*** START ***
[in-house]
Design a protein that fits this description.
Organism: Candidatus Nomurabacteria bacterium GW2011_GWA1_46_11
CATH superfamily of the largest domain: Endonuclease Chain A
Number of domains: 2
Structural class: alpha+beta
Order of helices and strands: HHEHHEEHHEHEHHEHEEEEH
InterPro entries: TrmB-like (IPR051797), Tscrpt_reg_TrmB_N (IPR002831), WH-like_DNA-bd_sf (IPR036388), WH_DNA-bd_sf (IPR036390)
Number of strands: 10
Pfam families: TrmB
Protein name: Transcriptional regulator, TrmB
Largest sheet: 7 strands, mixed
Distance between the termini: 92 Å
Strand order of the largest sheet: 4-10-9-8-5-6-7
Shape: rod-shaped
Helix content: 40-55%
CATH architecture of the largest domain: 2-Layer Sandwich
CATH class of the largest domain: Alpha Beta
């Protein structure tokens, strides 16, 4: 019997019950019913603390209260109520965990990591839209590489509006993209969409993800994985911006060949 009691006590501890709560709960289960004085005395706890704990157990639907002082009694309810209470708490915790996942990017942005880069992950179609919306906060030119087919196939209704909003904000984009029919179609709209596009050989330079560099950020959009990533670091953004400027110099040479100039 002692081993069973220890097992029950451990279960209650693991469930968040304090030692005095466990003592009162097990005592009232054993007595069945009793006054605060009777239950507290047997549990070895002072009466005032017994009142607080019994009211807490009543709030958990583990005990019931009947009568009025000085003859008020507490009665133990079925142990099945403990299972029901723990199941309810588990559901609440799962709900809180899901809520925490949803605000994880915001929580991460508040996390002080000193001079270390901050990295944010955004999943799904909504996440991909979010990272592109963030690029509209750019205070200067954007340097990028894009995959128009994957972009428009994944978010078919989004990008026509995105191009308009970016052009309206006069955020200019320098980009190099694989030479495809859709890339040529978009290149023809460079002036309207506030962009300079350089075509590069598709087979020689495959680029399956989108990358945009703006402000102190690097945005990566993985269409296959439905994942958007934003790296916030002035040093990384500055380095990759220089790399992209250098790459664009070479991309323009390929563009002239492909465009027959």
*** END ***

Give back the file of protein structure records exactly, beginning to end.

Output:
[in-house]
Design a protein that fits this description.
Organism: Candidatus Nomurabacteria bacterium GW2011_GWA1_46_11
CATH superfamily of the largest domain: Endonuclease Chain A
Number of domains: 2
Structural class: alpha+beta
Order of helices and strands: HHEHHEEHHEHEHHEHEEEEH
InterPro entries: TrmB-like (IPR051797), Tscrpt_reg_TrmB_N (IPR002831), WH-like_DNA-bd_sf (IPR036388), WH_DNA-bd_sf (IPR036390)
Number of strands: 10
Pfam families: TrmB
Protein name: Transcriptional regulator, TrmB
Largest sheet: 7 strands, mixed
Distance between the termini: 92 Å
Strand order of the largest sheet: 4-10-9-8-5-6-7
Shape: rod-shaped
Helix content: 40-55%
CATH architecture of the largest domain: 2-Layer Sandwich
CATH class of the largest domain: Alpha Beta
């Protein structure tokens, strides 16, 4: 019997019950019913603390209260109520965990990591839209590489509006993209969409993800994985911006060949 009691006590501890709560709960289960004085005395706890704990157990639907002082009694309810209470708490915790996942990017942005880069992950179609919306906060030119087919196939209704909003904000984009029919179609709209596009050989330079560099950020959009990533670091953004400027110099040479100039 002692081993069973220890097992029950451990279960209650693991469930968040304090030692005095466990003592009162097990005592009232054993007595069945009793006054605060009777239950507290047997549990070895002072009466005032017994009142607080019994009211807490009543709030958990583990005990019931009947009568009025000085003859008020507490009665133990079925142990099945403990299972029901723990199941309810588990559901609440799962709900809180899901809520925490949803605000994880915001929580991460508040996390002080000193001079270390901050990295944010955004999943799904909504996440991909979010990272592109963030690029509209750019205070200067954007340097990028894009995959128009994957972009428009994944978010078919989004990008026509995105191009308009970016052009309206006069955020200019320098980009190099694989030479495809859709890339040529978009290149023809460079002036309207506030962009300079350089075509590069598709087979020689495959680029399956989108990358945009703006402000102190690097945005990566993985269409296959439905994942958007934003790296916030002035040093990384500055380095990759220089790399992209250098790459664009070479991309323009390929563009002239492909465009027959």